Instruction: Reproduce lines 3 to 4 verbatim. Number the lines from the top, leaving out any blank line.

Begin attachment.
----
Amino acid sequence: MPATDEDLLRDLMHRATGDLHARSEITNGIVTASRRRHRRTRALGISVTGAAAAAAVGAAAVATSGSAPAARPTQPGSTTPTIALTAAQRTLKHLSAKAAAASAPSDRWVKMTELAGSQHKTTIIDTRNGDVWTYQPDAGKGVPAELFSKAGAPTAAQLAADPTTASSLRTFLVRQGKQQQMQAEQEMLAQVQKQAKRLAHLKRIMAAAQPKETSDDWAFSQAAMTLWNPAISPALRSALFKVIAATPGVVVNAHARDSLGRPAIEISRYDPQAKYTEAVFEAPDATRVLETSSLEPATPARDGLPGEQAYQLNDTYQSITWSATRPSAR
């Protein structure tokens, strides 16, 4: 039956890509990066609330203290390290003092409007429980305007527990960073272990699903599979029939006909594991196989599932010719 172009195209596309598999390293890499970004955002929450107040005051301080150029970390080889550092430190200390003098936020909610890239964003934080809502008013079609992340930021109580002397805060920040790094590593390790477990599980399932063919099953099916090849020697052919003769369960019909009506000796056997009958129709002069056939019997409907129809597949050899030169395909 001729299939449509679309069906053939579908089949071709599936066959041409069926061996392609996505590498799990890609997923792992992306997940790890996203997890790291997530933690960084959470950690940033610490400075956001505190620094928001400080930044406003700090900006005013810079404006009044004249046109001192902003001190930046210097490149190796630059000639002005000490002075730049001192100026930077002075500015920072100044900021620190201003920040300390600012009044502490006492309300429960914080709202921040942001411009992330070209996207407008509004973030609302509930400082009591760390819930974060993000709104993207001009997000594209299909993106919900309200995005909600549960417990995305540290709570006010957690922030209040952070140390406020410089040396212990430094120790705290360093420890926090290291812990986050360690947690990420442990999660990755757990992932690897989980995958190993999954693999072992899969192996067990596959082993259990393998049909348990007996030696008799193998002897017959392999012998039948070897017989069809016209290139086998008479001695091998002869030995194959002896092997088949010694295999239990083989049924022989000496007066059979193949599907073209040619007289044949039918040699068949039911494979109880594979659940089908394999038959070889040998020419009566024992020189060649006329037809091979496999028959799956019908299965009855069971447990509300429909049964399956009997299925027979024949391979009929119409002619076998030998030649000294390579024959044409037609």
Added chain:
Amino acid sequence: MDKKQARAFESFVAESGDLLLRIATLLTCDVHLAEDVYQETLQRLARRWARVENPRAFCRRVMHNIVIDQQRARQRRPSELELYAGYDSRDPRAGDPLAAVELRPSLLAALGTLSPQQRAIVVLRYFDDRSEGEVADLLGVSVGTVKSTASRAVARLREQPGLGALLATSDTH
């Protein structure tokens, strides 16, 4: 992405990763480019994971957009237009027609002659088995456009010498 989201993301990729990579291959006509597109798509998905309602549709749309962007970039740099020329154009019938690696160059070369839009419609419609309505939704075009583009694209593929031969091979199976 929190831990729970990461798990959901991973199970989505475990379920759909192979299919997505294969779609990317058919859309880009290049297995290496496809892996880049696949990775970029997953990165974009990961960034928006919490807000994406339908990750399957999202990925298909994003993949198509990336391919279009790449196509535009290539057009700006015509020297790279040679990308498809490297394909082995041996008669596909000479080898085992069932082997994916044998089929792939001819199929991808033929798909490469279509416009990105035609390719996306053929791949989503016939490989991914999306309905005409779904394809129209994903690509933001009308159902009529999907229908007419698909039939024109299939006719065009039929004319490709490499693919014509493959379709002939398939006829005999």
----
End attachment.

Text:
Added chain:
Amino acid sequence: MDKKQARAFESFVAESGDLLLRIATLLTCDVHLAEDVYQETLQRLARRWARVENPRAFCRRVMHNIVIDQQRARQRRPSELELYAGYDSRDPRAGDPLAAVELRPSLLAALGTLSPQQRAIVVLRYFDDRSEGEVADLLGVSVGTVKSTASRAVARLREQPGLGALLATSDTH